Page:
Thursday, December 18, 2014


I just don't know what's going on with my team. They sign a 31 year-old who needs a neck fusion to a four-year deal, they offered a pitcher coming off of his second Tommy John surgery a 1-year deal worth a reported 5 Million dollars, and then yesterday they traded away a pretty damn good reliever to Boston for a mid-level prospect who may (or may not) be his equivalent. All this after trading the most popular player since Chipper Jones. Aaaaand...they are seeing a shrinking market for either Justin Upton or Evan Gattis- their two best commodities for rebuilding. They say we're not rebuilding, but we sure as hell don't look like we're going to compete. Simply put: management has confused the fan base- leaving us feeling like we're being conned.

I often feel the same way about card manufacturers.

Cards featuring all the colors of the rainbow, chrome versions, minis, serial numbered parallels, and photo variations- all part of a big con, making us think we really need theses things; that our player collections wouldn't be complete without them. Like Leland Gaunt (the devil in human form in Stephen King's Needful Things), Topps offers us some useless objects that we purchase by selling our souls. Confusing the collector base and conning us while they're at it. Gee, #ThanksTopps. 

This confusing the collector isn't anything entirely new, though.

Consider 2001 Topps Fusion.

2001 Topps Fusion #53 Chipper Jones

2001 Topps Gallery #2 Chipper Jones

Released in 2001, Fusion was, in a single word, a flustercuck. I'll quote in their description of the set (which is much nicer than what I called it): "The product attempted to fuse five of Topps' brand names (Bowman's Best, Finest, Gold Label, Stadium Club and Gallery) all into one product."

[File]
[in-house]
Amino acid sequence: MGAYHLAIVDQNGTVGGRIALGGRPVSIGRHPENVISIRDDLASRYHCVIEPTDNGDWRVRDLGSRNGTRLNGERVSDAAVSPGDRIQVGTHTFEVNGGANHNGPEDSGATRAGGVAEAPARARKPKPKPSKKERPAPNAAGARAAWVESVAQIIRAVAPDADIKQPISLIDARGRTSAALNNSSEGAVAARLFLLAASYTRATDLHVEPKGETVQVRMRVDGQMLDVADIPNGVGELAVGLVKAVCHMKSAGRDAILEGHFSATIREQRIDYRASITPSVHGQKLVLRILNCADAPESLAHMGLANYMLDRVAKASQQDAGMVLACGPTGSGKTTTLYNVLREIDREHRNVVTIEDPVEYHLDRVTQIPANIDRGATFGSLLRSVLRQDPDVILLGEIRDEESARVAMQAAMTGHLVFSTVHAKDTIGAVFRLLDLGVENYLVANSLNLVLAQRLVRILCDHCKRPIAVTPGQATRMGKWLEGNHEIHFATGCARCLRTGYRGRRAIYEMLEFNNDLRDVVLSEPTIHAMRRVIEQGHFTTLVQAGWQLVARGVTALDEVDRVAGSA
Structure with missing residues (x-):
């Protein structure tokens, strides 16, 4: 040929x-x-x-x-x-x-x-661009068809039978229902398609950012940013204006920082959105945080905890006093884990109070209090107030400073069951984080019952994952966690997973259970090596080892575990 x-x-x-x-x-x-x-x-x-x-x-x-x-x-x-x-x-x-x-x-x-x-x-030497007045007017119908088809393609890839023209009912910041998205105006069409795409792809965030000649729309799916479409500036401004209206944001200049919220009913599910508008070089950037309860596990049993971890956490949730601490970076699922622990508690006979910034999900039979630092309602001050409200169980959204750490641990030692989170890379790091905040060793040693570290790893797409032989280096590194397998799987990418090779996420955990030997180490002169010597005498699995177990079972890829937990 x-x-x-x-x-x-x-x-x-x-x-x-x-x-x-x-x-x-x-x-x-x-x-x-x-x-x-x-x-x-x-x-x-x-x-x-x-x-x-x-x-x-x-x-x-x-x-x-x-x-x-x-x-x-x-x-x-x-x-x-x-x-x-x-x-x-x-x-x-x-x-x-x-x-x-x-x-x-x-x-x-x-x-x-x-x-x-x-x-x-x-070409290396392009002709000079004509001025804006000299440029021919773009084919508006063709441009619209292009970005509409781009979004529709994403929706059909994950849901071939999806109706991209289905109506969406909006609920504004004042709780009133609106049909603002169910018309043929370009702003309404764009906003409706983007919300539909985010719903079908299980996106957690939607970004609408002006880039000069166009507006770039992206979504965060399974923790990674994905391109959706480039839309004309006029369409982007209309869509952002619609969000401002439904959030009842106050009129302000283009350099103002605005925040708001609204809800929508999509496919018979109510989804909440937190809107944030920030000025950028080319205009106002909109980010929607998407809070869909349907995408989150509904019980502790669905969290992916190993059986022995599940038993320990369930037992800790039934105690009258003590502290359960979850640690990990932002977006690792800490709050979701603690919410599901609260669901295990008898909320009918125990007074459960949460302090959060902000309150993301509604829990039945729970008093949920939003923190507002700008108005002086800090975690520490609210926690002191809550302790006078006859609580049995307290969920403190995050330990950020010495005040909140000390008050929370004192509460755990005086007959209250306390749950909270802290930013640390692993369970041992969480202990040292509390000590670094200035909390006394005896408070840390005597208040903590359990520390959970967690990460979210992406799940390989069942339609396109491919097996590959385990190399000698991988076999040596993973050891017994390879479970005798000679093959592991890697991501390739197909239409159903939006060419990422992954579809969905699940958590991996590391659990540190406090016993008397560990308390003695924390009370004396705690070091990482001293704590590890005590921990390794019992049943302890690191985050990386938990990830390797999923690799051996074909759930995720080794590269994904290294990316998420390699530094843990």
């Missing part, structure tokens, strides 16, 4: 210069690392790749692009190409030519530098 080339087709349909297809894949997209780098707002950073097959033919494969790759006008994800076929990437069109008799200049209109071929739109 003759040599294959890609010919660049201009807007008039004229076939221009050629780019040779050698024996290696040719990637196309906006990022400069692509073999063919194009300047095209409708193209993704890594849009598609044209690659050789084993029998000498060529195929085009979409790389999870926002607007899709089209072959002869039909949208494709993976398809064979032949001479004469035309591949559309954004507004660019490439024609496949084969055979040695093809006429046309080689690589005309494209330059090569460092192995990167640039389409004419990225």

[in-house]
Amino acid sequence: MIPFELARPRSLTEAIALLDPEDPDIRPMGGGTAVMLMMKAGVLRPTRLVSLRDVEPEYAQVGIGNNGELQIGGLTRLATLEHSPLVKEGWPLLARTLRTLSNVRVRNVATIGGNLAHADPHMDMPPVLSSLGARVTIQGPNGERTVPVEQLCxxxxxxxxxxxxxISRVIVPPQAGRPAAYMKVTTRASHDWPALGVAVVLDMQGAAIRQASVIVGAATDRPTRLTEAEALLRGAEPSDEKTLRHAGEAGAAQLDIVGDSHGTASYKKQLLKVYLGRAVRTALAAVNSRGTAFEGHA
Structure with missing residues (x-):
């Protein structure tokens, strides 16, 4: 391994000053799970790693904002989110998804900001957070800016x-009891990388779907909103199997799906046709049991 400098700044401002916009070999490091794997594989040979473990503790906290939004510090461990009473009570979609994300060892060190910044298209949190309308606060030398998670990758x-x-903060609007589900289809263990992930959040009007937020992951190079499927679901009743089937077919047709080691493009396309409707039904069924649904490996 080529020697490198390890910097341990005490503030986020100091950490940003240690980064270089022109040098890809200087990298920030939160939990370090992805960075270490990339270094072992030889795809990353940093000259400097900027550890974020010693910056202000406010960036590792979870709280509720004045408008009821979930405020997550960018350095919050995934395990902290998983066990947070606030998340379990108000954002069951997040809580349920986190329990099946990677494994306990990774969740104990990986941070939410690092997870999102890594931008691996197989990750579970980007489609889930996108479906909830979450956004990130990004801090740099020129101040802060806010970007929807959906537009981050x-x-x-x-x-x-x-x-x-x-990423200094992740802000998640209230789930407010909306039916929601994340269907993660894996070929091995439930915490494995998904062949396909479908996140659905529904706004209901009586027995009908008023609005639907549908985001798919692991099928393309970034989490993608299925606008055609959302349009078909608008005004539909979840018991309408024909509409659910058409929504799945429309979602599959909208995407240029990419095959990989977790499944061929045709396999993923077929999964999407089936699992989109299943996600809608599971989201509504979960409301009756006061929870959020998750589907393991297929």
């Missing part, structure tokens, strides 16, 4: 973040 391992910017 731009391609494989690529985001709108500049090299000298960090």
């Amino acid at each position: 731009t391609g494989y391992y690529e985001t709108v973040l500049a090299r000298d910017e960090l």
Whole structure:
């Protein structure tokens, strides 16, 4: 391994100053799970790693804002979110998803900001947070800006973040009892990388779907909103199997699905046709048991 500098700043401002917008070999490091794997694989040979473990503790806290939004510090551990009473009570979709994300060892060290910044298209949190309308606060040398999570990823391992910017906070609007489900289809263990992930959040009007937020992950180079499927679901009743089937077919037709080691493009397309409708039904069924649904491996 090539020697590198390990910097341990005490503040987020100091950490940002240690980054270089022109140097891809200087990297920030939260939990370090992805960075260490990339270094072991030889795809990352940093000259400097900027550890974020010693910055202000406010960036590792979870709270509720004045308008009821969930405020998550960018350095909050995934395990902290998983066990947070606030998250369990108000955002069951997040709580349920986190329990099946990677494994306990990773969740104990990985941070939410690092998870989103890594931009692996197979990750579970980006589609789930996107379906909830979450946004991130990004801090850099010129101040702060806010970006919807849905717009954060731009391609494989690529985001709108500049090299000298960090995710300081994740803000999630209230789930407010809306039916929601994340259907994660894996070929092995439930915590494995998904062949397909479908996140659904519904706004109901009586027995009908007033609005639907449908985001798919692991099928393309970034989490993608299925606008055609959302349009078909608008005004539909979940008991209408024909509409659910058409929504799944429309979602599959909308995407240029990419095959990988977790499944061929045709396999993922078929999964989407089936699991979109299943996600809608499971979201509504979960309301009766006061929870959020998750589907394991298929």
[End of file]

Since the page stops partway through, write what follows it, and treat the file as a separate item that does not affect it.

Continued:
The site continues, "Card numbers ending in a 1 or 6 are done in the style of Bowman's Best (refractive chromium stock); 2 and 7 Finest (etched chromium stock); 3 and 8 Topps Gallery (canvas); 4 and 9 Gold Label (thick plastic stock with holographic foil); and 5 and 0 Stadium Club (high-glossy and full bleed)."

Like I said, a flustercuck.

2001 Topps Fusion #11 - Andruw Jones - Courtesy of
2001 Topps Fusion #11 - Andruw Jones

2001 Bowman's Best #33 - Andruw Jones - Courtesy of
2001 Bowman's Best #33 - Andruw Jones

Do the sets look anything alike? No, not really.

The problem is that trying to catalog them can be quite confusing. Especially for someone like me who was pretty much out of the hobby in '01, only to return to this confusion. Take this Chipper Jones card, for instance:

2001 Topps Fusion #30 Chipper Jones

Quite a few months ago I decided to try to get my house in order, so to speak. I began the arduous task of cataloging my collection (still haven't gotten too far, BTW) and soon came across this card. So I pulled out my Standard Catalog to find out more about this 2001 Stadium Club insert set.

Huh? Wha? Nowhere to be found.

Perhaps it's a 2002 TSC. Yes, that must be it. After all, this one is obviously the 2001 Stadium Club Chipper...

 2001 Stadium Club #2 Chipper Jones

The card number matches up with what Standard says. So I thumb through to 2002 but the card numbers for the previous card doesn't  jive.

It took awhile, but I finally figured it out: it's an entirely different set. 

At that moment, I just wished that things were like they were back in 1977, when the only "I'm so confused!" you'd hear coming out of my mouth was me mimicking Vinnie Barbarino.

1 comment:

  1. If you want some more Braves to sort, my group break still has an opening for Atlanta ;)